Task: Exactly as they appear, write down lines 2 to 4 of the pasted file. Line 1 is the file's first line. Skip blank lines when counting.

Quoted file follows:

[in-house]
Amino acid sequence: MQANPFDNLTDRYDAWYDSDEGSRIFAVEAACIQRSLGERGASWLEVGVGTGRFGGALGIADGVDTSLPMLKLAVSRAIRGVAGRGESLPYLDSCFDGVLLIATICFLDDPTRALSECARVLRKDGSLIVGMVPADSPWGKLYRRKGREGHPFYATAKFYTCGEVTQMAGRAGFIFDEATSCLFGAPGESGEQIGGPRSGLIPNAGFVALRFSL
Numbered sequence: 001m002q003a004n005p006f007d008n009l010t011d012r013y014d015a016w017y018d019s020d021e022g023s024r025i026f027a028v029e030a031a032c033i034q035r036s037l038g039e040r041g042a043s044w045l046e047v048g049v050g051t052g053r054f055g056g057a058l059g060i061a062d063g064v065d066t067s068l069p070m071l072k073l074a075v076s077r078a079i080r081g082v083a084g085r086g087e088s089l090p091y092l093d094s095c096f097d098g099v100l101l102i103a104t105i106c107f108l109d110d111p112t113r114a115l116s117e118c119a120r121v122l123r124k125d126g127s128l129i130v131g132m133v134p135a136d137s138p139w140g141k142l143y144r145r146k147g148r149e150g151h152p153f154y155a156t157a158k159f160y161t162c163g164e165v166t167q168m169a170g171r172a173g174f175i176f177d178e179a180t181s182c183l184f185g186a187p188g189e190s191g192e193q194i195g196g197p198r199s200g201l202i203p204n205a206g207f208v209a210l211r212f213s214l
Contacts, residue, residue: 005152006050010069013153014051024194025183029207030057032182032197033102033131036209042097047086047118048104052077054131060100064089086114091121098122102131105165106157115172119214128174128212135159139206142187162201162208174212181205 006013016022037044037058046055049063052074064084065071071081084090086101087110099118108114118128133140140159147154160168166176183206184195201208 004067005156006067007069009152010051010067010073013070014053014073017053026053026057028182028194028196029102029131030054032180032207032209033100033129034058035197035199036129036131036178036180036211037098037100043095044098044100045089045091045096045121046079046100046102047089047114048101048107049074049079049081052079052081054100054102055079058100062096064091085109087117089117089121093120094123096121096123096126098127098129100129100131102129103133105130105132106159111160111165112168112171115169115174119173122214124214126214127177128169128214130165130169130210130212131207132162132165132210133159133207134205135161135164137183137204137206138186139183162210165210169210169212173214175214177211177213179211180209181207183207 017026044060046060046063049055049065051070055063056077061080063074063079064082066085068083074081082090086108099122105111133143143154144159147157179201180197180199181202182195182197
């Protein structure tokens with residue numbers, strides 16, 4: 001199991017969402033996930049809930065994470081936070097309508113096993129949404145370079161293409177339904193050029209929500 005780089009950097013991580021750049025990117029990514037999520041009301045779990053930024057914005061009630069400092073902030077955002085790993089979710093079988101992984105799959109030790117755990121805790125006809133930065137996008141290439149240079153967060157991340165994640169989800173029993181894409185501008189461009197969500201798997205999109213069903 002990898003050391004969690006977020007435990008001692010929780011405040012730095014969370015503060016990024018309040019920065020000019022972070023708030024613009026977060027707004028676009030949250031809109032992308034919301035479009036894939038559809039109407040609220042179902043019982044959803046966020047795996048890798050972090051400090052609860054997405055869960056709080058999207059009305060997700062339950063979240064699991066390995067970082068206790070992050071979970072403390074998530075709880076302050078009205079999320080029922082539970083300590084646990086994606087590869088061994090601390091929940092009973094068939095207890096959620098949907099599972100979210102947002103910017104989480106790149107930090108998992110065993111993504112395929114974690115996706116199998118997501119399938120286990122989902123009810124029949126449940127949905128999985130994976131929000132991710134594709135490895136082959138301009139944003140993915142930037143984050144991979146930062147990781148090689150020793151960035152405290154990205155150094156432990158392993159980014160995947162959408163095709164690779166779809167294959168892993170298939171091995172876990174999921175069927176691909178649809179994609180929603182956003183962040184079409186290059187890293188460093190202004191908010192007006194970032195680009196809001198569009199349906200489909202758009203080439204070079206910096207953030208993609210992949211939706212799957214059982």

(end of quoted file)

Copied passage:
Amino acid sequence: MQANPFDNLTDRYDAWYDSDEGSRIFAVEAACIQRSLGERGASWLEVGVGTGRFGGALGIADGVDTSLPMLKLAVSRAIRGVAGRGESLPYLDSCFDGVLLIATICFLDDPTRALSECARVLRKDGSLIVGMVPADSPWGKLYRRKGREGHPFYATAKFYTCGEVTQMAGRAGFIFDEATSCLFGAPGESGEQIGGPRSGLIPNAGFVALRFSL
Numbered sequence: 001m002q003a004n005p006f007d008n009l010t011d012r013y014d015a016w017y018d019s020d021e022g023s024r025i026f027a028v029e030a031a032c033i034q035r036s037l038g039e040r041g042a043s044w045l046e047v048g049v050g051t052g053r054f055g056g057a058l059g060i061a062d063g064v065d066t067s068l069p070m071l072k073l074a075v076s077r078a079i080r081g082v083a084g085r086g087e088s089l090p091y092l093d094s095c096f097d098g099v100l101l102i103a104t105i106c107f108l109d110d111p112t113r114a115l116s117e118c119a120r121v122l123r124k125d126g127s128l129i130v131g132m133v134p135a136d137s138p139w140g141k142l143y144r145r146k147g148r149e150g151h152p153f154y155a156t157a158k159f160y161t162c163g164e165v166t167q168m169a170g171r172a173g174f175i176f177d178e179a180t181s182c183l184f185g186a187p188g189e190s191g192e193q194i195g196g197p198r199s200g201l202i203p204n205a206g207f208v209a210l211r212f213s214l
Contacts, residue, residue: 005152006050010069013153014051024194025183029207030057032182032197033102033131036209042097047086047118048104052077054131060100064089086114091121098122102131105165106157115172119214128174128212135159139206142187162201162208174212181205 006013016022037044037058046055049063052074064084065071071081084090086101087110099118108114118128133140140159147154160168166176183206184195201208 004067005156006067007069009152010051010067010073013070014053014073017053026053026057028182028194028196029102029131030054032180032207032209033100033129034058035197035199036129036131036178036180036211037098037100043095044098044100045089045091045096045121046079046100046102047089047114048101048107049074049079049081052079052081054100054102055079058100062096064091085109087117089117089121093120094123096121096123096126098127098129100129100131102129103133105130105132106159111160111165112168112171115169115174119173122214124214126214127177128169128214130165130169130210130212131207132162132165132210133159133207134205135161135164137183137204137206138186139183162210165210169210169212173214175214177211177213179211180209181207183207 017026044060046060046063049055049065051070055063056077061080063074063079064082066085068083074081082090086108099122105111133143143154144159147157179201180197180199181202182195182197